The History of The Tenor Narrated
The History of Peter Anders
Born: July 1, 1908
Died: September 10, 1954
Peter Anders was a German operatic tenor who sang a wide range of parts in the German, Italian, and French repertories.
He began by singing lyric roles and later undertook dramatic roles with equal success.
Anders was born in Essen and studied at the Berlin Music Academy with Ernst Grenzebach, and later privately with Lula Mysz-Gmeiner, whose daughter Susanne he married. In 1931, he appeared in Berlin in La belle Hélène, and made his operatic debut the following year in Heidelberg, as Jacquino in Fidelio.
He sang in Darmstadt (1933-35), Cologne (1935-36), Hannover (1937-38), and then at the Munich State Opera (1938-40), where he took part in the creation of Richard Strauss’s Friedenstag. He returned next to Berlin and sang at the Berlin State Opera from 1940 until 1948. His repertory at that time included lyric roles such as Belmonte, Tamino, Lyonel, Hans, Hoffmann, Leukippos, Alfredo and Rodolfo.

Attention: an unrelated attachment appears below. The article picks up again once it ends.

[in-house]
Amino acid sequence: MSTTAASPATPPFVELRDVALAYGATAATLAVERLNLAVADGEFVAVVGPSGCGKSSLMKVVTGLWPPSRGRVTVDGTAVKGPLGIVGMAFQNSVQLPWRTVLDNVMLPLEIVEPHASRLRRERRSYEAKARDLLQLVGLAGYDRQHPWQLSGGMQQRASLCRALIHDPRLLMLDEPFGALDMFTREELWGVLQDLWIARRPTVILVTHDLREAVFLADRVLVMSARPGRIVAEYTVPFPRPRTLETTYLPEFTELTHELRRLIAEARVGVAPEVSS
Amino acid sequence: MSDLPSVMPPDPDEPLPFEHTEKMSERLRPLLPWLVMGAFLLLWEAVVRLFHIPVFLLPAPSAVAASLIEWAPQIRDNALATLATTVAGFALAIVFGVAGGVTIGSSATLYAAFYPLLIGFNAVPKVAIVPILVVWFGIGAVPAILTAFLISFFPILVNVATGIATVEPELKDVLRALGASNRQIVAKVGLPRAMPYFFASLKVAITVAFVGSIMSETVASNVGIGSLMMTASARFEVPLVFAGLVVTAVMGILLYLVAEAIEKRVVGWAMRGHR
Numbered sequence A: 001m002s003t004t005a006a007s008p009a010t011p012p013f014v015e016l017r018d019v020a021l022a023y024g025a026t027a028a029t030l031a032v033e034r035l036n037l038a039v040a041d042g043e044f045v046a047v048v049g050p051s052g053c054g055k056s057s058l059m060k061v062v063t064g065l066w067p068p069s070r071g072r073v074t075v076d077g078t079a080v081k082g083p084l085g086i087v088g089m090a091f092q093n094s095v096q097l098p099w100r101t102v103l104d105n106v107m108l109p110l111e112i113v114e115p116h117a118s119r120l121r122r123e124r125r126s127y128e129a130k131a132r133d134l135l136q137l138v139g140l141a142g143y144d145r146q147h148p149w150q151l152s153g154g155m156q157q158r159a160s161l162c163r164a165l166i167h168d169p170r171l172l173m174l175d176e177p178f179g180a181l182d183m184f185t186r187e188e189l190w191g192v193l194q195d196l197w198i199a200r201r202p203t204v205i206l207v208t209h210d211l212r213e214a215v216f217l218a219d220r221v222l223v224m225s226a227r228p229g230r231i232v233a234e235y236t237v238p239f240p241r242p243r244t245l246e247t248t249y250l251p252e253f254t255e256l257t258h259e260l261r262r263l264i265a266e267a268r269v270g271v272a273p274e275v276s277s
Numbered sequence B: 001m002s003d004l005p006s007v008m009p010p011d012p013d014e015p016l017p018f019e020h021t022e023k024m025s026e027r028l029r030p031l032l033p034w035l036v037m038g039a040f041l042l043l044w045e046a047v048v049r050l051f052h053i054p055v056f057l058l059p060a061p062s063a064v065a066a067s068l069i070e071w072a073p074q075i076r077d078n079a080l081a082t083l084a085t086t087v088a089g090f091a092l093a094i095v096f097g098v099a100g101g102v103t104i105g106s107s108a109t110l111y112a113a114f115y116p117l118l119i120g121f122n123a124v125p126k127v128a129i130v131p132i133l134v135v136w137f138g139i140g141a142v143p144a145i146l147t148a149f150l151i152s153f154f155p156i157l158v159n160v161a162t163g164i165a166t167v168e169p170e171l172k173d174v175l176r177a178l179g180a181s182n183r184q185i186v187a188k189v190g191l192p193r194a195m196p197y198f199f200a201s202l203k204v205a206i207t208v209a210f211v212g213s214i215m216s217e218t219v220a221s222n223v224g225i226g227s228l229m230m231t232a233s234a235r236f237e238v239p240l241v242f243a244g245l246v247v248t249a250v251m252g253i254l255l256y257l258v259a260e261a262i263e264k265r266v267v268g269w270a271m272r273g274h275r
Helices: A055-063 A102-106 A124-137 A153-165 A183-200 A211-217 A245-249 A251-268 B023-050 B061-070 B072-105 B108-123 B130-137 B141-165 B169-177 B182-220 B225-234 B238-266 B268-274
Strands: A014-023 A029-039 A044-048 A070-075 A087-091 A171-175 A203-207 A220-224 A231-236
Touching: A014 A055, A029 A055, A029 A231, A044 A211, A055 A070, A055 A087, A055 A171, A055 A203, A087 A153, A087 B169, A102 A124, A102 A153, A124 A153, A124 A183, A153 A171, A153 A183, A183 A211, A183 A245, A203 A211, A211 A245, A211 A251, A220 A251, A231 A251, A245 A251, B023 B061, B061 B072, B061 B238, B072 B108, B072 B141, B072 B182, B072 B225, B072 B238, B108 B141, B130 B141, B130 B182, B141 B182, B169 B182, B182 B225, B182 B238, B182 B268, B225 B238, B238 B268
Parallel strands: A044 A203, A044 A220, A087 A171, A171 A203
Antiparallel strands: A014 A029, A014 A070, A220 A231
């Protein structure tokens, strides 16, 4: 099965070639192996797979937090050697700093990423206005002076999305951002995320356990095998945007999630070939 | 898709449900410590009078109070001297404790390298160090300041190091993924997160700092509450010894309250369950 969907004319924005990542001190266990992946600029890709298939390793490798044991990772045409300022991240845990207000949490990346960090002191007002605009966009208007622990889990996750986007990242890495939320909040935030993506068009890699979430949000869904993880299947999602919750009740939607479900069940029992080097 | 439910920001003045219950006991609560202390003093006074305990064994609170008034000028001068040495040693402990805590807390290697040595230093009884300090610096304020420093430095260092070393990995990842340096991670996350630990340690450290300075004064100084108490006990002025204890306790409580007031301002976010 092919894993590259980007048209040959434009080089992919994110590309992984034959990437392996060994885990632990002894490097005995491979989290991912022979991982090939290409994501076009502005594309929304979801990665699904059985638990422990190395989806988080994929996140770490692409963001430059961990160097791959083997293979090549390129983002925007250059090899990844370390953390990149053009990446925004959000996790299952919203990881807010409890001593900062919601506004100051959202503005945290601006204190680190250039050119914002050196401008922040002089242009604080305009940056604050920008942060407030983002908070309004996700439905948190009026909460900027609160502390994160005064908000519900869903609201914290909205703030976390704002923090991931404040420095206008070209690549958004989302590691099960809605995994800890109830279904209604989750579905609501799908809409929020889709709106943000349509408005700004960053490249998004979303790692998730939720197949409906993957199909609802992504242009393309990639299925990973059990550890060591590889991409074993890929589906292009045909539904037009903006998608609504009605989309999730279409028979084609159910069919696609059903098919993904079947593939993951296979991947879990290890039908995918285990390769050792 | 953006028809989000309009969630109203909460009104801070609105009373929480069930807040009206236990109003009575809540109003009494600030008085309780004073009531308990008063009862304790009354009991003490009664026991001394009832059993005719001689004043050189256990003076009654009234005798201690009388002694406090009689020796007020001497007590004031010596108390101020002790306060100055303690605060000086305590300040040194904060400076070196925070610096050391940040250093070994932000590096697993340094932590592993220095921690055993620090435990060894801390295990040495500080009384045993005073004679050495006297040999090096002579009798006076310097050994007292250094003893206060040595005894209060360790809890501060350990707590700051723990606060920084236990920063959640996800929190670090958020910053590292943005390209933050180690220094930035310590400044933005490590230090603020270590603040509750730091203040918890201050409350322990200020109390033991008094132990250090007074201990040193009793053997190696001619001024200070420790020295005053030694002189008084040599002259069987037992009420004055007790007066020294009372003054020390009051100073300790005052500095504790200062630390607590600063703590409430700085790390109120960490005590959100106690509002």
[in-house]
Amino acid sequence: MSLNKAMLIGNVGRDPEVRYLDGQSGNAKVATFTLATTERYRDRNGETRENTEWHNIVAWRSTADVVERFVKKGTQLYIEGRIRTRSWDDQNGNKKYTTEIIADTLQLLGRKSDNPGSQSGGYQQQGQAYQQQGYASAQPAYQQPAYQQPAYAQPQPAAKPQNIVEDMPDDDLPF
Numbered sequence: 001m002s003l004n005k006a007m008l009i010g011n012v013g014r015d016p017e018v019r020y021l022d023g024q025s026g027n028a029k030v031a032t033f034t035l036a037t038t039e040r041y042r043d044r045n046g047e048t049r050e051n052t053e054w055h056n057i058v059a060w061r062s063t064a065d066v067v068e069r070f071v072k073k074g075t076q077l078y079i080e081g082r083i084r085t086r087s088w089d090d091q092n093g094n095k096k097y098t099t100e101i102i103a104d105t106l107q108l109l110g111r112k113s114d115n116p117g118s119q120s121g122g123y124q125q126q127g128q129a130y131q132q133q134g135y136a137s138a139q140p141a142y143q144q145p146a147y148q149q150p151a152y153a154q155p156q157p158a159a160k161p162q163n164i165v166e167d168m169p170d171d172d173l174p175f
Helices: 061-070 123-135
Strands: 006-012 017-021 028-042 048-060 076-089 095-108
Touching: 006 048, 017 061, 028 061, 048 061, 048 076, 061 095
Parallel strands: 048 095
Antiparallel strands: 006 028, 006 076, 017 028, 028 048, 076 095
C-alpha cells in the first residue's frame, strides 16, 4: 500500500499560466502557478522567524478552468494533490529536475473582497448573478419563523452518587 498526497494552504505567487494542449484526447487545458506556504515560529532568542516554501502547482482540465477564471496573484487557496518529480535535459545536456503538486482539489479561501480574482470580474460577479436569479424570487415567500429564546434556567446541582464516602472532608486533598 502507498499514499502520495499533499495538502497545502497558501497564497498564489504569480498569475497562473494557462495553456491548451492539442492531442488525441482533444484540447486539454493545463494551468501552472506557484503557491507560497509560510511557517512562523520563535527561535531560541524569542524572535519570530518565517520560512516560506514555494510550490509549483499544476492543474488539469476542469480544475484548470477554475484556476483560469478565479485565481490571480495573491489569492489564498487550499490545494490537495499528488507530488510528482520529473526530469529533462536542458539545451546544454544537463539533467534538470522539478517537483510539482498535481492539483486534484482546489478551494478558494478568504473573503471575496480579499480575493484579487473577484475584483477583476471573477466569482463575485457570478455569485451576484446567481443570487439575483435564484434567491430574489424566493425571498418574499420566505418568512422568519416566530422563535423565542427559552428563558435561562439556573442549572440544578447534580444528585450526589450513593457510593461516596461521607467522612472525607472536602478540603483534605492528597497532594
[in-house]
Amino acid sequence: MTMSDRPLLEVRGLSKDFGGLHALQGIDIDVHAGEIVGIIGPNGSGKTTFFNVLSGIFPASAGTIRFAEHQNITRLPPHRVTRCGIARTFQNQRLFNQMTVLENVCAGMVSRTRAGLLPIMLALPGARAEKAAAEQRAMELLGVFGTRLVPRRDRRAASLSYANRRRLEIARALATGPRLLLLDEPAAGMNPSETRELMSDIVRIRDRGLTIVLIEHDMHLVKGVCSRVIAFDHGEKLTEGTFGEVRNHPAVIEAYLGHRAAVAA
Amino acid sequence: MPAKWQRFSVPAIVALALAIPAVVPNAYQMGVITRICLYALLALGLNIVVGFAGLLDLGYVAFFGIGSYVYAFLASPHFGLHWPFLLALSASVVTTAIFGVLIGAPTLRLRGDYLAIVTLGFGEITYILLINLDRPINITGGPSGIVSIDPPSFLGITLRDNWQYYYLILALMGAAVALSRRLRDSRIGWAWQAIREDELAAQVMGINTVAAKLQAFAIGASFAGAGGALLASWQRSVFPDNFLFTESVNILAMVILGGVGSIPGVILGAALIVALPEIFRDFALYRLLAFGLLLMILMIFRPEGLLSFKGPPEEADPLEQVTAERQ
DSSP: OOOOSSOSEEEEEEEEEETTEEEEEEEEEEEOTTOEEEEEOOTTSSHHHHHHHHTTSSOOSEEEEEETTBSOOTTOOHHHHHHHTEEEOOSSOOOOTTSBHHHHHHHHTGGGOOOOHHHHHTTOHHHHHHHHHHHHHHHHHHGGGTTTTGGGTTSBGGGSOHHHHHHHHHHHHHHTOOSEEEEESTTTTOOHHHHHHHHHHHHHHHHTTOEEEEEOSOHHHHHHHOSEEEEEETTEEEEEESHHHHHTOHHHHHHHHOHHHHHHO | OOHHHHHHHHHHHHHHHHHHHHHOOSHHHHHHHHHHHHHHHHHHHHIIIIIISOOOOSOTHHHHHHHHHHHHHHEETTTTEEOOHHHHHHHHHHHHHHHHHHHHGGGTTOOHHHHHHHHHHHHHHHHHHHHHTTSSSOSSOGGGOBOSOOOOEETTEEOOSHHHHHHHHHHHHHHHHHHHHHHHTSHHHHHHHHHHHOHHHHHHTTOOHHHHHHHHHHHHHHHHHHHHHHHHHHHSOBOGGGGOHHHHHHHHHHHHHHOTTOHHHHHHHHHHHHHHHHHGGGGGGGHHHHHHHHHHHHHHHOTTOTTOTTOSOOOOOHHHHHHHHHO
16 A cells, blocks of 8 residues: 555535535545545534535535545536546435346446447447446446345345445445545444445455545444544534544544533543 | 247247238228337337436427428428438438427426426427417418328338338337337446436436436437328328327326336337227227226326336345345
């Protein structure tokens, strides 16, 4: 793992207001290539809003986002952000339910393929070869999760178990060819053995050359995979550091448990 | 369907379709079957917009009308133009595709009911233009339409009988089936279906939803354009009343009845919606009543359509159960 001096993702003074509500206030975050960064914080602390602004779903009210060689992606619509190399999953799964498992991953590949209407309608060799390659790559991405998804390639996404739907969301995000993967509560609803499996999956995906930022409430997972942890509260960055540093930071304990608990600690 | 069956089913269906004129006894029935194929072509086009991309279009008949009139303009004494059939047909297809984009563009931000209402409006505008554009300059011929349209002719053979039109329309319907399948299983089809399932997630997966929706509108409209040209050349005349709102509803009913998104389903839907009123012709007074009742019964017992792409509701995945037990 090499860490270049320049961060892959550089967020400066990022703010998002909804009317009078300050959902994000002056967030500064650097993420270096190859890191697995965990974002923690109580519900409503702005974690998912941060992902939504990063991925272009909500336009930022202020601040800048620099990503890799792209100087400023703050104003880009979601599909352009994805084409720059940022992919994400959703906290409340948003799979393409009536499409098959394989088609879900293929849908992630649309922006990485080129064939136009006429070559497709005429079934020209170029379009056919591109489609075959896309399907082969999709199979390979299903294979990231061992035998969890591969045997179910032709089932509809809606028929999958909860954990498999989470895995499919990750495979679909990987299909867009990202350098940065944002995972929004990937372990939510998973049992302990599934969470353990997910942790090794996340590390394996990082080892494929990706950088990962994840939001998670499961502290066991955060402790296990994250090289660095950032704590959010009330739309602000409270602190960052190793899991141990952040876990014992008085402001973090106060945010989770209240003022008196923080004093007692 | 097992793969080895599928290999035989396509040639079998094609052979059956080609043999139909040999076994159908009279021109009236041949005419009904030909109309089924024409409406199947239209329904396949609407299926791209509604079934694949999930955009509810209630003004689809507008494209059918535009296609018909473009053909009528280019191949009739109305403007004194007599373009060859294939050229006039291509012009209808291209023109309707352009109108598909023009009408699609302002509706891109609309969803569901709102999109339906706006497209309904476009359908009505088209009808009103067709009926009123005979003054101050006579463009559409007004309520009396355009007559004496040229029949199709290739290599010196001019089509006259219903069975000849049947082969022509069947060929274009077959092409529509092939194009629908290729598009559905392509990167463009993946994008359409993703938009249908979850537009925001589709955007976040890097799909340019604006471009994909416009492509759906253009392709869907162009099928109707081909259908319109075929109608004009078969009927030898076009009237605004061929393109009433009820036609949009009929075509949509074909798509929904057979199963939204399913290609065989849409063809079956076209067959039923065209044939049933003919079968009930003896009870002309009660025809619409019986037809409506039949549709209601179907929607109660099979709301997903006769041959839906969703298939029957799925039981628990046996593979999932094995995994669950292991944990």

Beginning in 1949, Anders undertook such heavier roles as Florestan, Max, Tannhäuser, Lohengrin, Walther, Siegmund, Radames, Otello, with equal success.He made a few guest appearances at the Royal Opera House in London, the La Monnaie in Brussels and the San Carlo in Naples, as well as appearing at the Glyndebourne Festival.
Anders sang not only an impressive range of operatic roles but also appeared in several operetta parts. He performed regularly on German radio and in concert and was also active in oratorio and lieder recitals.
He became a favorite of Adolf Hitler’s regime and was not required to serve in the armed forces during the Second World War – instead entertaining German troops and participating in propaganda events. These activities tainted his reputation in the post-war world.
While at the height of his career, Anders died in a car accident in Hamburg.
He was only 46 years old and his death represented a severe loss to the world of opera.